Samantha Eddy | Grounded for Life
96
post-template-default,single,single-post,postid-96,single-format-standard,ajax_fade,page_not_loaded,,qode-title-hidden,transparent_content,qode-child-theme-ver-1.0.0,qode-theme-ver-17.1,qode-theme-bridge,disabled_footer_top,qode_header_in_grid,wpb-js-composer js-comp-ver-5.6,vc_responsive

Grounded for Life

I am addicted to meditating. For me meditation has become like a drug I cannot live without. On the days where my morning starts off in chaos and I don’t get at least 10 minutes of quiet brain rest–I am impatient, easily temperamental, unorganized, and scattered.

It’s taken me a long time to figure out why I am so hooked. Yes, yes, there are all of those scientific reports on how good meditating is for reducing stress, improving brain elasticity and mental focus. And of course I’ll take those side effects. But really for me, it’s about finding my ground. It’s about taking the time to lock in to myself and the wisdom of my soul.

Just like an electric charge needs to ground in order to function properly, so do we. With all of the distractions that life throws at us—and let me tell you, I’ve got plenty—we often find ourselves losing our center. Everything outside—the job, the spouse, the kids, the phone, the computer, even the exercise routine—is so loud and demanding that we cannot even hear the wisdom that resides deep inside of us.

Taking the time to be silent, to rest and make a little room amidst the hubbub wreaking havoc in our mind actually creates the space to become more efficient and centered in life.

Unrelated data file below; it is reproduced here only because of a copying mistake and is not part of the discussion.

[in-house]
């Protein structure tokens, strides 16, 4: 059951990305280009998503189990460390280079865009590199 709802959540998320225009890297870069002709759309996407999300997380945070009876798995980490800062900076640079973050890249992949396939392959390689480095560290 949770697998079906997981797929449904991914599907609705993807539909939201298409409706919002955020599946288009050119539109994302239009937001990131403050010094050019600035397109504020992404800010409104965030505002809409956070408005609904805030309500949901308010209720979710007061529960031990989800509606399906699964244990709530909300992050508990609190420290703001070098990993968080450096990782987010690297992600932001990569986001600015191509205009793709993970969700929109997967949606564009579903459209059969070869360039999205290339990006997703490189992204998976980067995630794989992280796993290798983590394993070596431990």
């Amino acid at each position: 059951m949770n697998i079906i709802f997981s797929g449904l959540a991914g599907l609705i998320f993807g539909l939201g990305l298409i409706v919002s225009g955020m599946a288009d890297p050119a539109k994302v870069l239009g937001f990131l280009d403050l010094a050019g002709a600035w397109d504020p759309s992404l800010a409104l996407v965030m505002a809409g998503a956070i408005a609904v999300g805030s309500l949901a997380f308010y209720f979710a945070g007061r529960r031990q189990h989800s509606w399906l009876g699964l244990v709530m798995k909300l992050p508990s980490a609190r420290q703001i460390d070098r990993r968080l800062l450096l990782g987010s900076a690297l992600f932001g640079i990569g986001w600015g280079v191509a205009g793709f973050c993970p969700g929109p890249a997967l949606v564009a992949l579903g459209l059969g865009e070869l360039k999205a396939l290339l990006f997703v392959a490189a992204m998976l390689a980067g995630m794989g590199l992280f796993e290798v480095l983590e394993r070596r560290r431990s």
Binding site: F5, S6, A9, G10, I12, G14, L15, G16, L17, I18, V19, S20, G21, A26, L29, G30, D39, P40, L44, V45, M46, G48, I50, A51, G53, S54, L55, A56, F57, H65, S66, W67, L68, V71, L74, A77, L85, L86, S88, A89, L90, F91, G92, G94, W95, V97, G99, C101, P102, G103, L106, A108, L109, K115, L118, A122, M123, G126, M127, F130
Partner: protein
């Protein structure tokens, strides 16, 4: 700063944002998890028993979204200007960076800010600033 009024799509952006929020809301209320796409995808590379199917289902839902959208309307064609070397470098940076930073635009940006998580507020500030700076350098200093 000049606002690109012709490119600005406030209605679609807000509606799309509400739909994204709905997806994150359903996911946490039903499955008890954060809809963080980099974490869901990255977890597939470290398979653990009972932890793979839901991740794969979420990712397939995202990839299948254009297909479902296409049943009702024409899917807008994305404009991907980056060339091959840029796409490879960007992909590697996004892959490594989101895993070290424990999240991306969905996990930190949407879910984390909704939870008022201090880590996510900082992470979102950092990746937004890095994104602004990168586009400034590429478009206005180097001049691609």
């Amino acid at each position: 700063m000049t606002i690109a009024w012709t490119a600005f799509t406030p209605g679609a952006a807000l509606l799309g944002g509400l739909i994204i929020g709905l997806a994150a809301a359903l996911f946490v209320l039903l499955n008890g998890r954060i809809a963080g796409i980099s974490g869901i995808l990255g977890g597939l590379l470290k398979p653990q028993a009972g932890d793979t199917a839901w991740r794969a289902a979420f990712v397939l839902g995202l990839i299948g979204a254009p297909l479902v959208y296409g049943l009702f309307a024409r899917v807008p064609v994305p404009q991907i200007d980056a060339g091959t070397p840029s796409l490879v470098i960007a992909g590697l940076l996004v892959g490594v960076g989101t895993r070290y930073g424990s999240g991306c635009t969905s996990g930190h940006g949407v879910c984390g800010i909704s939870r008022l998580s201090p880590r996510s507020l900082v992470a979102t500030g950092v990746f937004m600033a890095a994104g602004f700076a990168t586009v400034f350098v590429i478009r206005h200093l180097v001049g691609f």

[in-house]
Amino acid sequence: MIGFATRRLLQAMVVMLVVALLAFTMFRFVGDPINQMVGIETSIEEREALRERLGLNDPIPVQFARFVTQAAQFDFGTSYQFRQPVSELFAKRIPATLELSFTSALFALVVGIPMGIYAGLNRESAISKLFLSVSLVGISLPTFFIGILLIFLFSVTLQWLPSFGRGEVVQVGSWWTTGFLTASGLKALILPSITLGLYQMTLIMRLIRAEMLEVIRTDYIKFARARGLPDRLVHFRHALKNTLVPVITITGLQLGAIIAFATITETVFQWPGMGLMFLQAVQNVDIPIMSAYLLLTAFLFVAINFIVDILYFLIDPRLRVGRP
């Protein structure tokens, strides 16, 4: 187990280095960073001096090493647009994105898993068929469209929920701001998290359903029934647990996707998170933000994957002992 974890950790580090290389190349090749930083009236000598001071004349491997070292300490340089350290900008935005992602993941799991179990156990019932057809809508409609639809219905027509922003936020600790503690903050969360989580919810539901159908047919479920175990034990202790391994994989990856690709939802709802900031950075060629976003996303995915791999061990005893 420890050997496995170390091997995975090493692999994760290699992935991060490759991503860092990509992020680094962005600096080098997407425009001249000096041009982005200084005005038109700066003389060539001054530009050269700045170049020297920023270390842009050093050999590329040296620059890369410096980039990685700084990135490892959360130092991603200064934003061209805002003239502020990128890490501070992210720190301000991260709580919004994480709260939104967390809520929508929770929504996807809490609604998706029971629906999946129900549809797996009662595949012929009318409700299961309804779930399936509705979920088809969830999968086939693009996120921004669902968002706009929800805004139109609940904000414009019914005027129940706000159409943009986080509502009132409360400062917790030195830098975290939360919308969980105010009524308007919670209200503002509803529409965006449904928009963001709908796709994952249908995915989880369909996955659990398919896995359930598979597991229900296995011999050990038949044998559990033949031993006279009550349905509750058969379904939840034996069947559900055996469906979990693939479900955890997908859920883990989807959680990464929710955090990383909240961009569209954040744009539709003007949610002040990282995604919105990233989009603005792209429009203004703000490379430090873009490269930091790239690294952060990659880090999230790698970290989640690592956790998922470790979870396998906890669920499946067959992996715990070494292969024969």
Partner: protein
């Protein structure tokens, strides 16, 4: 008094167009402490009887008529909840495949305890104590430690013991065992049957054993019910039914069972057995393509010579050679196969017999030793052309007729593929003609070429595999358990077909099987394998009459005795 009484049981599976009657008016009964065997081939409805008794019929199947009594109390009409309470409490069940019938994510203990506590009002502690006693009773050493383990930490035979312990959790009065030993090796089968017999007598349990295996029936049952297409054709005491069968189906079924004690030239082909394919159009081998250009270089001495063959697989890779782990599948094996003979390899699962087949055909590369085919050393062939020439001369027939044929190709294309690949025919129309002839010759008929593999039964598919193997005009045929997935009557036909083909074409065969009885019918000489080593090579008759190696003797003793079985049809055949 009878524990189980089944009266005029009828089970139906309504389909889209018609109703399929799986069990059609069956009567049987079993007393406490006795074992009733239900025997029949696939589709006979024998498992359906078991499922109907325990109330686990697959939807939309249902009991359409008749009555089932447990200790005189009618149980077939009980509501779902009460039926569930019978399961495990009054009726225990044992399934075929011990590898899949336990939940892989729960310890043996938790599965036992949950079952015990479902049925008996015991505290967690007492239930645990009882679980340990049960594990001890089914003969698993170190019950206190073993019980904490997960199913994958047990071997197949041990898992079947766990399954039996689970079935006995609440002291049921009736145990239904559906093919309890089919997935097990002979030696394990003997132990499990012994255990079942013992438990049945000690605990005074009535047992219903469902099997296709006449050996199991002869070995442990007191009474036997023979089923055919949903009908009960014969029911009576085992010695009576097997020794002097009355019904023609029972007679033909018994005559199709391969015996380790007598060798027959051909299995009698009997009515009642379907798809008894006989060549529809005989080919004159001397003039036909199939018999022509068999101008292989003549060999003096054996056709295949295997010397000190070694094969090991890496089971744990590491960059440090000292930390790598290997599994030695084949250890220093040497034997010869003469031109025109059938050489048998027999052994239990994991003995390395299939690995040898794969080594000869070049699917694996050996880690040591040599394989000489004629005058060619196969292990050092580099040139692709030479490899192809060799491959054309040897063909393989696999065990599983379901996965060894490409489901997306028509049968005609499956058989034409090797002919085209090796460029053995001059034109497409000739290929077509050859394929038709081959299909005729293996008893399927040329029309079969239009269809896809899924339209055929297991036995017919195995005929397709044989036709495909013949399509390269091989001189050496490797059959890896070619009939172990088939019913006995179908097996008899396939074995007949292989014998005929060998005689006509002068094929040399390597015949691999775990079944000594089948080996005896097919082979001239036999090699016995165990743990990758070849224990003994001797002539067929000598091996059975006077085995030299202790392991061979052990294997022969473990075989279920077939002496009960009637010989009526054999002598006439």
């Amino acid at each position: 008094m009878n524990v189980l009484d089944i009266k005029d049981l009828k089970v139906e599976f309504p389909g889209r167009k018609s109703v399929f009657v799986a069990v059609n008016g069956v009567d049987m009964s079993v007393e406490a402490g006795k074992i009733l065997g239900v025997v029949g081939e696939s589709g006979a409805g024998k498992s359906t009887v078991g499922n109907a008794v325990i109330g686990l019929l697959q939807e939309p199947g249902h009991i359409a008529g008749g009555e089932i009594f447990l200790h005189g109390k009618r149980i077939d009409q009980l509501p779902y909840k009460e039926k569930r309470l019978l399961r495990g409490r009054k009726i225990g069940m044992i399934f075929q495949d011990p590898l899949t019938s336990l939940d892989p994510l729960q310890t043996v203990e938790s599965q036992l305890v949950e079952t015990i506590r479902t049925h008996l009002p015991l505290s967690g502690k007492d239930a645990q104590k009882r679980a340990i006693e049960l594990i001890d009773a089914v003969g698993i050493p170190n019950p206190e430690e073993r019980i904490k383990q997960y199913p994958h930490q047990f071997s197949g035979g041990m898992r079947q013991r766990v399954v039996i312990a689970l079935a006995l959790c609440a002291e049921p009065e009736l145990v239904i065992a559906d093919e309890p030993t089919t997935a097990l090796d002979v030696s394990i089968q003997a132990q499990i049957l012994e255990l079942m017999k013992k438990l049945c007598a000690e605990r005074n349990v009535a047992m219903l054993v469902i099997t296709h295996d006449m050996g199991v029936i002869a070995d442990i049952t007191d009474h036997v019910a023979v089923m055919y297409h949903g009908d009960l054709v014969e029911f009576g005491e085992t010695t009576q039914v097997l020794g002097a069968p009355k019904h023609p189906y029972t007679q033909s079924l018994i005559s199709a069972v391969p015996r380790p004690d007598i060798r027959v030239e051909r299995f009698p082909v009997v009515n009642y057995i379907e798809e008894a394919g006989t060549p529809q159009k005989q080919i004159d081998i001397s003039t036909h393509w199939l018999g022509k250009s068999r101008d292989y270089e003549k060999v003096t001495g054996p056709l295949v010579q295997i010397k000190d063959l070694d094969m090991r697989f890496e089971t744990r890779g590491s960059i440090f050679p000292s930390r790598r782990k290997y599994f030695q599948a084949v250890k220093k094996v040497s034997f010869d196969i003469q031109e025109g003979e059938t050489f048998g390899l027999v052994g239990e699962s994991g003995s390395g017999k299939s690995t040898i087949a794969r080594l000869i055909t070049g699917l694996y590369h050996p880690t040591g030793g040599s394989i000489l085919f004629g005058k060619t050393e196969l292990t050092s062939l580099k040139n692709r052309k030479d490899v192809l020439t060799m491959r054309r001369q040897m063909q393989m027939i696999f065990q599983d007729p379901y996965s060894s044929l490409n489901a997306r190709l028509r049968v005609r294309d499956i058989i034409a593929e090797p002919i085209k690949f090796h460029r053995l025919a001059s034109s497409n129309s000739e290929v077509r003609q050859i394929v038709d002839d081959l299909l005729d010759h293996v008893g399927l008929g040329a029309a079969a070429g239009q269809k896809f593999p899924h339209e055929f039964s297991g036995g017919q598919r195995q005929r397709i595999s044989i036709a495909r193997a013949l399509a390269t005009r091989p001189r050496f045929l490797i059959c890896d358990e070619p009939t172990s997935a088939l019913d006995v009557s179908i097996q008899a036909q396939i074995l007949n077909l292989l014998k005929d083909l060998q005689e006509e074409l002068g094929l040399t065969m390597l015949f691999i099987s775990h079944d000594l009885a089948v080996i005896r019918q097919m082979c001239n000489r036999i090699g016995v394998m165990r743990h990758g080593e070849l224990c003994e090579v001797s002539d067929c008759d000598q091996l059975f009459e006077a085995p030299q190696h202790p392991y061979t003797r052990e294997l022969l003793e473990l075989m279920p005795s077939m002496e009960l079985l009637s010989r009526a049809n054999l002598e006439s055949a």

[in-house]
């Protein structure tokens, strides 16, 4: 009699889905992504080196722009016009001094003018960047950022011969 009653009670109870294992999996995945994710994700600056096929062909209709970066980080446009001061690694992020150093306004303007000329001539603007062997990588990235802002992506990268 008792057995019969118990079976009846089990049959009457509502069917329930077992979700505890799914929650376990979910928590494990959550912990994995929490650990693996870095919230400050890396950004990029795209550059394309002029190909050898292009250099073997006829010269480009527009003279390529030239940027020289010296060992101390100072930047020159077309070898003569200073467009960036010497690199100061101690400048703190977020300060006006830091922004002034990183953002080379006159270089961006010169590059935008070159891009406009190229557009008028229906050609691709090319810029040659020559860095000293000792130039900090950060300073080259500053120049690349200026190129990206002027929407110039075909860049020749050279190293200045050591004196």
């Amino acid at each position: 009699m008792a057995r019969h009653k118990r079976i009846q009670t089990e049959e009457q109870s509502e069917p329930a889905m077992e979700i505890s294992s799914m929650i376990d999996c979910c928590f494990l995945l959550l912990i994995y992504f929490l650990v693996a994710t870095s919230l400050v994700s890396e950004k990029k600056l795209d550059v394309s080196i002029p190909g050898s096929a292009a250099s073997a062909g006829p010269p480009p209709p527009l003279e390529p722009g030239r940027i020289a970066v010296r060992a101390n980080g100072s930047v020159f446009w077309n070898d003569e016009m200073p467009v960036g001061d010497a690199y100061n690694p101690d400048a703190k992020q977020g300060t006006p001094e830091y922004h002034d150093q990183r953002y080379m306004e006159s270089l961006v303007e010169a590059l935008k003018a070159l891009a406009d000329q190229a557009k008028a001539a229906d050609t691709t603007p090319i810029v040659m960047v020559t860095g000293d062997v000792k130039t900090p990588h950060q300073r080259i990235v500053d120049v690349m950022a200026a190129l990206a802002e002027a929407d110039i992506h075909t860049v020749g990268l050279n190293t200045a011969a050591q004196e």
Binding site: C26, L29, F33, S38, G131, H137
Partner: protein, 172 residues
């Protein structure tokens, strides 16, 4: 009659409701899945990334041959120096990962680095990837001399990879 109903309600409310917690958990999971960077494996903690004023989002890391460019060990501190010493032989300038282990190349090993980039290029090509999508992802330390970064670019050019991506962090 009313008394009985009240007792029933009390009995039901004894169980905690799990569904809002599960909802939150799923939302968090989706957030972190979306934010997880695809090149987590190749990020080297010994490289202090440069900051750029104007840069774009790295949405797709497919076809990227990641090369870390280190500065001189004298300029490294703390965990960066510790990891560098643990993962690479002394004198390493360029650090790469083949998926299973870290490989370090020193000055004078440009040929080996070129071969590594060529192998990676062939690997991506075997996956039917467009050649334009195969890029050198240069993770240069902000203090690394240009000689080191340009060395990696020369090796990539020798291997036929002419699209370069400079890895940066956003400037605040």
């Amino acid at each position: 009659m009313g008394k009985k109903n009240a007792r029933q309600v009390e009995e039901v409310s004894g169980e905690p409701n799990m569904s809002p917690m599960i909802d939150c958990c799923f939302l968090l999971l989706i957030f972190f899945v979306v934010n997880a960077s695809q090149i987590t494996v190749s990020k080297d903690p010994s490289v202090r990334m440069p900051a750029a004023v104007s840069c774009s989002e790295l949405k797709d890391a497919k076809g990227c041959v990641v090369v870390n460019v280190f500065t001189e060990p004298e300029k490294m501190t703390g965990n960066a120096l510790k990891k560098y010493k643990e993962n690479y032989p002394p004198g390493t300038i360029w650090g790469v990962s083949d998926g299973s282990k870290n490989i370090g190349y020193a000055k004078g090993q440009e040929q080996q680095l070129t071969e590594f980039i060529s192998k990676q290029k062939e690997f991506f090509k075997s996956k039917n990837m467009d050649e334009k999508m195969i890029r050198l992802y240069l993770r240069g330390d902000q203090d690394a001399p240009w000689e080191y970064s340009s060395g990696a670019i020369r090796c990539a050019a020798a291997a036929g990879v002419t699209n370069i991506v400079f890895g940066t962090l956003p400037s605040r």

This spring I attended a seven-day silent meditation retreat. While there, I couldn’t help thinking about how grounding the experience was for me. Silently, I chuckled to myself thinking about the word: grounded.

On the brink of being a mother of a teenager, my mind most readily defines “grounded” as a form of punishment for irresponsible behavior. The more I thought about it in the midst of my silence, I realized that actually grounding a child is a tremendous gift we can give them and probably should do so more often.

When presented as a supportive gesture instead of a punishment, grounding is an opportunity to remind a child that they have a safe place to reconnect with who they are, to reorient their priorities back toward what’s important to their heart and soul. Kids, like us adults, are incessantly subject to the demands of outside influences and their fragile personalities, still so in the process of development, can really go haywire.

Plugging in to the soul, just like a three-pronged electrical plug with two prongs for the charge and one for the ground, is a fundamental step for successful living. Sadly it is one that is rarely talked about much less taught or even encouraged.   So much emphasis has been put on external achievements and pressures that paying attention to what makes the soul feel stable is often forgotten.

Of course, a stable ground and a solid foundation are necessary for all life to be built upon. Making a regular practice of checking that foundation and keeping it well fortified generates inspired living for years and years.

Meditating is how I find my ground and fortify my foundation. And you? Please share your favorite method for connecting to your soul in the comments below.